Intelsat facing potential shareholder action over C-band
March 5, 2020
By Chris Forrester
A report in the New York Post alleges that two important investors in Intelsat “partly escaped” the devastating collapse in Intelsat’s share price. The newspaper states that BC Partners and Silver Lake Partners, the two largest holders of Intelsat stock, “managed to sell a big chunk of Intelsat shares before the company’s hopes began to unravel”.
Intelsat shares during October and early November last year were trading at around $26. They are now at just $3.13. The shares started their dramatic collapse on November 6th 2019.
The report alleges that Intelsat’s CEO met with a senior FCC official on November 5th. This meeting was routinely reported by the FCC three days later. However, on November 6th, and before the FCC meeting was reported, Bloomberg News reported that Morgan Stanley had sold a 10 million block of Intelsat shares on behalf of clients – at $24.60 per share.
It is being alleged that Morgan Stanley acted on behalf of BC Partners and Silver Lake. BC Partners held 2 seats on the Intelsat board of directors. BC Partners confirmed that it sold some 8.3 million shares in the quarter-year to December 31st.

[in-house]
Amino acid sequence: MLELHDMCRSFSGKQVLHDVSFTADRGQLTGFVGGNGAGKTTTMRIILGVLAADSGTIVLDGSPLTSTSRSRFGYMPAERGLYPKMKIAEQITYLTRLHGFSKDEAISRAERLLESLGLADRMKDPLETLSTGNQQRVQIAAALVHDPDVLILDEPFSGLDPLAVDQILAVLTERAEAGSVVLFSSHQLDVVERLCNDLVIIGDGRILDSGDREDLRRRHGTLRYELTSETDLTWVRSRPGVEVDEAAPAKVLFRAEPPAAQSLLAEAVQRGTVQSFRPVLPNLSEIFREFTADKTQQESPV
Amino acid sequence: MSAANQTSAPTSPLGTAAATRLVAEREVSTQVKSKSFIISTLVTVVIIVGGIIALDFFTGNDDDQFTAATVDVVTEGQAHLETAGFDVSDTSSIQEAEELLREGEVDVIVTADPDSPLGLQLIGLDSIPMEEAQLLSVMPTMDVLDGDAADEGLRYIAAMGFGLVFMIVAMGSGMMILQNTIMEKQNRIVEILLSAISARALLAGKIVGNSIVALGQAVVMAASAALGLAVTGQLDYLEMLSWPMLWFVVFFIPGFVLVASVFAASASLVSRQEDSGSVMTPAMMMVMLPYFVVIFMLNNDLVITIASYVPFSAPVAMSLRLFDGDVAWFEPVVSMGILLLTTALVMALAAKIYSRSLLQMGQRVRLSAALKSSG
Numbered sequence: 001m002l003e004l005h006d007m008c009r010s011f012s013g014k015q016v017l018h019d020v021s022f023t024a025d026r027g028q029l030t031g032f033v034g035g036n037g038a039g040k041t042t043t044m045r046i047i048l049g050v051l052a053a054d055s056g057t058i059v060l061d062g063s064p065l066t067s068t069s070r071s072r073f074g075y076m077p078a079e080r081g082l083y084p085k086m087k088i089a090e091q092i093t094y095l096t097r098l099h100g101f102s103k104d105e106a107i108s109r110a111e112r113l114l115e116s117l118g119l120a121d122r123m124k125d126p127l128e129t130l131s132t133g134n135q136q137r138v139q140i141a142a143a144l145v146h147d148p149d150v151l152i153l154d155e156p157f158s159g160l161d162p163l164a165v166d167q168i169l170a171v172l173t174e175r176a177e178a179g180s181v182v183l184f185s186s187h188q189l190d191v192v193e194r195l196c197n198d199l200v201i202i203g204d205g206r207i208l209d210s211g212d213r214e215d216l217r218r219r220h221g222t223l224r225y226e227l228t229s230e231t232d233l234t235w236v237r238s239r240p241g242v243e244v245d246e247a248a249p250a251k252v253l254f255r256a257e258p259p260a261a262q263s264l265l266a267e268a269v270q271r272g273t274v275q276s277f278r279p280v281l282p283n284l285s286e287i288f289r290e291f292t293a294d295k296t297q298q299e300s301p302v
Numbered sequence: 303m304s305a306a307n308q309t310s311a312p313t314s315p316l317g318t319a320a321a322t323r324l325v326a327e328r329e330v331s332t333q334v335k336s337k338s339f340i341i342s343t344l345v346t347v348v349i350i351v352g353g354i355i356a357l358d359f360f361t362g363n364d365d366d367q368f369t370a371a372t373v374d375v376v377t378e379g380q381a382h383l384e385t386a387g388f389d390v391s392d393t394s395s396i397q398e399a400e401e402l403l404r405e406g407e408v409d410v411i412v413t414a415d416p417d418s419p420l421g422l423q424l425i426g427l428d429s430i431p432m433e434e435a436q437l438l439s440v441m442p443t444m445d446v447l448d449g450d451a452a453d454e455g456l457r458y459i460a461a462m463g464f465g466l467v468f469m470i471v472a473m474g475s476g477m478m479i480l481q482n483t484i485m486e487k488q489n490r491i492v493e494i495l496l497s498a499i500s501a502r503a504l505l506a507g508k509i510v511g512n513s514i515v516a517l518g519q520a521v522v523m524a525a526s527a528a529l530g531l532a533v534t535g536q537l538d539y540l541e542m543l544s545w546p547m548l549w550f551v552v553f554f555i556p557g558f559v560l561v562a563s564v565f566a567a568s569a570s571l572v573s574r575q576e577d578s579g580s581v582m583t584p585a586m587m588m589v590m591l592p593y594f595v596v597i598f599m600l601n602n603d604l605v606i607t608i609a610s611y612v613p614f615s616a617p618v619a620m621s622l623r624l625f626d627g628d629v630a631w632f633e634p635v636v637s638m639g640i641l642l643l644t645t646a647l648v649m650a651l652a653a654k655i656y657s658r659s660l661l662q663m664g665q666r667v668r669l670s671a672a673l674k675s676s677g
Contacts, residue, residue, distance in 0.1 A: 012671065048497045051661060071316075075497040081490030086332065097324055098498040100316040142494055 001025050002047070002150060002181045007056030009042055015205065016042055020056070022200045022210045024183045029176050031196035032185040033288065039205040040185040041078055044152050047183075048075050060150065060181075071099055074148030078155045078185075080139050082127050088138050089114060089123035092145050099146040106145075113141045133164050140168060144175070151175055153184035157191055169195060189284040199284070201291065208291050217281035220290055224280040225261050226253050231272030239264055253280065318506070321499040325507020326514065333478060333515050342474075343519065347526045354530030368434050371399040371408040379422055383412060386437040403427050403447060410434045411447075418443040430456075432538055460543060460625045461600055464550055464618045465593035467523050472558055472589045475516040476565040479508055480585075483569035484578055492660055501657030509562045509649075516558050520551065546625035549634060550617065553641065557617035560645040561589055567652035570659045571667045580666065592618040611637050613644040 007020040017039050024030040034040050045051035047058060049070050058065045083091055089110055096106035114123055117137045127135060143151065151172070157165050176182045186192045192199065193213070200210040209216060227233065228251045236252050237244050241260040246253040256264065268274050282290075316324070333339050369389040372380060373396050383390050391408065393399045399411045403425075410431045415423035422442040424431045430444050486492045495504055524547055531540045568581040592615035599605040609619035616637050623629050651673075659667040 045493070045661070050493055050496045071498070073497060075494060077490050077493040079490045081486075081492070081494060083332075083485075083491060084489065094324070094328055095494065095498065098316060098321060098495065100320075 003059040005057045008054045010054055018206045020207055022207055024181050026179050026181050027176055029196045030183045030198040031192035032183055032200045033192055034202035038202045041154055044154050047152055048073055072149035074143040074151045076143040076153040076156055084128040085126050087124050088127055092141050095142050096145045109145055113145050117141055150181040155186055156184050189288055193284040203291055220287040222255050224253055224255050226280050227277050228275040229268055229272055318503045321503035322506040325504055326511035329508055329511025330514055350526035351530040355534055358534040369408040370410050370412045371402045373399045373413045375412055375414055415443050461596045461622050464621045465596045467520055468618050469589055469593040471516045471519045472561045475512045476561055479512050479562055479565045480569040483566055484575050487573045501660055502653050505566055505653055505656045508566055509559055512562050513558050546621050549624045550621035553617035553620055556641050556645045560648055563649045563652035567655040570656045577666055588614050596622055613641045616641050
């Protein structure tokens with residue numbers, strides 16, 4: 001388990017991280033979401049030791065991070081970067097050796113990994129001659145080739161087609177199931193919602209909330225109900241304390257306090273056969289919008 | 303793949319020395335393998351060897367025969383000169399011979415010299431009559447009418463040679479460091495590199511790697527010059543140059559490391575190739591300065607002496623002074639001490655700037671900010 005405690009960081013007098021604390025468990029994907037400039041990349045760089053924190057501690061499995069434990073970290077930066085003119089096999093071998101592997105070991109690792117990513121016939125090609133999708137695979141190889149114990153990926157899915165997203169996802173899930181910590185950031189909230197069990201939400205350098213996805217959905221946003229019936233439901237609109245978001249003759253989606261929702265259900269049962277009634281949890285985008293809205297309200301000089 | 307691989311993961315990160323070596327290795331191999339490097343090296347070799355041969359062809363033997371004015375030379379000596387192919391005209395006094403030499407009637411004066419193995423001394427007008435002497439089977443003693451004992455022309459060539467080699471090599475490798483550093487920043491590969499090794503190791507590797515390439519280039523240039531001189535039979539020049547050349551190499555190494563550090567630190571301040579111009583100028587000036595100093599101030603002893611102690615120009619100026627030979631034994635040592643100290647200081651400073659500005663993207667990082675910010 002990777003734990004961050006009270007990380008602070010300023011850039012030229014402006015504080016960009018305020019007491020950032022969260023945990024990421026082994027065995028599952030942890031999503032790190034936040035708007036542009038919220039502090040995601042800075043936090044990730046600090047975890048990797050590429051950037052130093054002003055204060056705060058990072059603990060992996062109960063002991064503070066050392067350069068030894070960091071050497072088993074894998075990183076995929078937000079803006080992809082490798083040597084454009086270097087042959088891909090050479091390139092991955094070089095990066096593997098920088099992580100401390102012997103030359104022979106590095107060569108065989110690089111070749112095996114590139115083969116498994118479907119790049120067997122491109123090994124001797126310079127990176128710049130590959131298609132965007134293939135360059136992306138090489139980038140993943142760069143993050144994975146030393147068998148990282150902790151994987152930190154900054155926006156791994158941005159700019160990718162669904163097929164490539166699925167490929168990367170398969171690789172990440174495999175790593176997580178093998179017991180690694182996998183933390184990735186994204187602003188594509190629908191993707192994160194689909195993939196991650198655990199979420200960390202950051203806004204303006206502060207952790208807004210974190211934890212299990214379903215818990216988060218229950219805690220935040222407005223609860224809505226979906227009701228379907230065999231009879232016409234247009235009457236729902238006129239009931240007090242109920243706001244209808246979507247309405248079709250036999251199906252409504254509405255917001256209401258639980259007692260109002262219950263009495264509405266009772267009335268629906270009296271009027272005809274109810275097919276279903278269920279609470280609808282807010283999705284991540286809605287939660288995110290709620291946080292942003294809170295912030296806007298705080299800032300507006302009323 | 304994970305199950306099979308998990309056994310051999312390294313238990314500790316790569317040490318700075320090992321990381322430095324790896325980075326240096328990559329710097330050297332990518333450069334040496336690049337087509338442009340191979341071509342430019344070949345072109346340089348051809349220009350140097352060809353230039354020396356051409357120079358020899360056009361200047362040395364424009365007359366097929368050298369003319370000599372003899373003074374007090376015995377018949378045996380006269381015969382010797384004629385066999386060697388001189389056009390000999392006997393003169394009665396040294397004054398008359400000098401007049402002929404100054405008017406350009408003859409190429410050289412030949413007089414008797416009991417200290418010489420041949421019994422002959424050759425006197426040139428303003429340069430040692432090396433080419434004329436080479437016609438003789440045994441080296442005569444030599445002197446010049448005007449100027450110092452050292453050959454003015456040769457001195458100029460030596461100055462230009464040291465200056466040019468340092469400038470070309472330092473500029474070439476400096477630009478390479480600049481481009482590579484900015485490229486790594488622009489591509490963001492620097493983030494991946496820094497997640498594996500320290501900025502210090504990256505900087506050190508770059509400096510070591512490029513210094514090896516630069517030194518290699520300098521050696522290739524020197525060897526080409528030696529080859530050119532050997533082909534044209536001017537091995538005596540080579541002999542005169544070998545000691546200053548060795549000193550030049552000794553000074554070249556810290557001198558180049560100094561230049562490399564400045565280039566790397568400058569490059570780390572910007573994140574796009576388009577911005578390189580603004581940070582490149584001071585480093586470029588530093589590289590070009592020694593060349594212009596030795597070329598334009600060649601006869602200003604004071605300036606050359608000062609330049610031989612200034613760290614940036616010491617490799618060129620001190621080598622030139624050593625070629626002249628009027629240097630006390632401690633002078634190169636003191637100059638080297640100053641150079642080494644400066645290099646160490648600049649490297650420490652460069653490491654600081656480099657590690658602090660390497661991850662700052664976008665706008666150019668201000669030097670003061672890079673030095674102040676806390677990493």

The New York Post says that the November 5th meeting between Intelsat’s CEO and the FCC was key, and where the CEO allegedly heard that the FCC was going to rule on an FCC-organised auction of C-band assets. On November 8th – and again prior to the FCC routine announcement of the November 5th meeting – Intelsat submitted a revised proposal to the FCC (which was rejected by the FCC on November 18th).
Intelsat told the newspaper that it does not reveal private discussions with its directors. A statement from BC Partners to the New York Post said: “The sales in question were executed based solely on available public information at the time and were executed in full compliance with all relevant market rules and regulations.”
The Post is reporting that other Intelsat investors are concerned and demanding that the share sale be investigated. One securities lawyer told the newspaper that the powerful Securities & Exchange Commission would open an inquiry into the share movements. Another, a hedge fund investor, confirmed to the newspaper that they were talking to lawyers about possible legal action.